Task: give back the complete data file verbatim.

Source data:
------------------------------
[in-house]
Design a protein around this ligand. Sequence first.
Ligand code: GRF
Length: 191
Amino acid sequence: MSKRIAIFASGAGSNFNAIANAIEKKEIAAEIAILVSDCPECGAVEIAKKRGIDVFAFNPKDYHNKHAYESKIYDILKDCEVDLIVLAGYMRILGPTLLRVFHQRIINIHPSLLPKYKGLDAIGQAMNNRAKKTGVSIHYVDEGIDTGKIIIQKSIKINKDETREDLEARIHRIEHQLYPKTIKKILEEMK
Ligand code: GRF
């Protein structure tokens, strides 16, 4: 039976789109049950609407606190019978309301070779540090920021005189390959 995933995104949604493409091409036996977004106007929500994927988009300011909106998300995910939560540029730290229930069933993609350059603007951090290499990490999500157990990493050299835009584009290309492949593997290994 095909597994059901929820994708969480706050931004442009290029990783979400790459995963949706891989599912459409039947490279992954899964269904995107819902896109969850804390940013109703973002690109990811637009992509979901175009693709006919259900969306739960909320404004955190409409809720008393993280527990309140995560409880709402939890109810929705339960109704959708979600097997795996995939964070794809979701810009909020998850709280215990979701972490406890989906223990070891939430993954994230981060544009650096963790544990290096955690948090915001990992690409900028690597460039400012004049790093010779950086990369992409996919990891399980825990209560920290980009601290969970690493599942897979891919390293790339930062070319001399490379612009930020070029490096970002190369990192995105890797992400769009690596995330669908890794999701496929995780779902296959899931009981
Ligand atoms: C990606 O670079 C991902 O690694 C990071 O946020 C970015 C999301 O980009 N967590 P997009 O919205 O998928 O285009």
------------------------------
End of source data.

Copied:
[in-house]
Design a protein around this ligand. Sequence first.
Ligand code: GRF
Length: 191
Amino acid sequence: MSKRIAIFASGAGSNFNAIANAIEKKEIAAEIAILVSDCPECGAVEIAKKRGIDVFAFNPKDYHNKHAYESKIYDILKDCEVDLIVLAGYMRILGPTLLRVFHQRIINIHPSLLPKYKGLDAIGQAMNNRAKKTGVSIHYVDEGIDTGKIIIQKSIKINKDETREDLEARIHRIEHQLYPKTIKKILEEMK
Ligand code: GRF
């Protein structure tokens, strides 16, 4: 039976789109049950609407606190019978309301070779540090920021005189390959 995933995104949604493409091409036996977004106007929500994927988009300011909106998300995910939560540029730290229930069933993609350059603007951090290499990490999500157990990493050299835009584009290309492949593997290994 095909597994059901929820994708969480706050931004442009290029990783979400790459995963949706891989599912459409039947490279992954899964269904995107819902896109969850804390940013109703973002690109990811637009992509979901175009693709006919259900969306739960909320404004955190409409809720008393993280527990309140995560409880709402939890109810929705339960109704959708979600097997795996995939964070794809979701810009909020998850709280215990979701972490406890989906223990070891939430993954994230981060544009650096963790544990290096955690948090915001990992690409900028690597460039400012004049790093010779950086990369992409996919990891399980825990209560920290980009601290969970690493599942897979891919390293790339930062070319001399490379612009930020070029490096970002190369990192995105890797992400769009690596995330669908890794999701496929995780779902296959899931009981
Ligand atoms: C990606 O670079 C991902 O690694 C990071 O946020 C970015 C999301 O980009 N967590 P997009 O919205 O998928 O285009």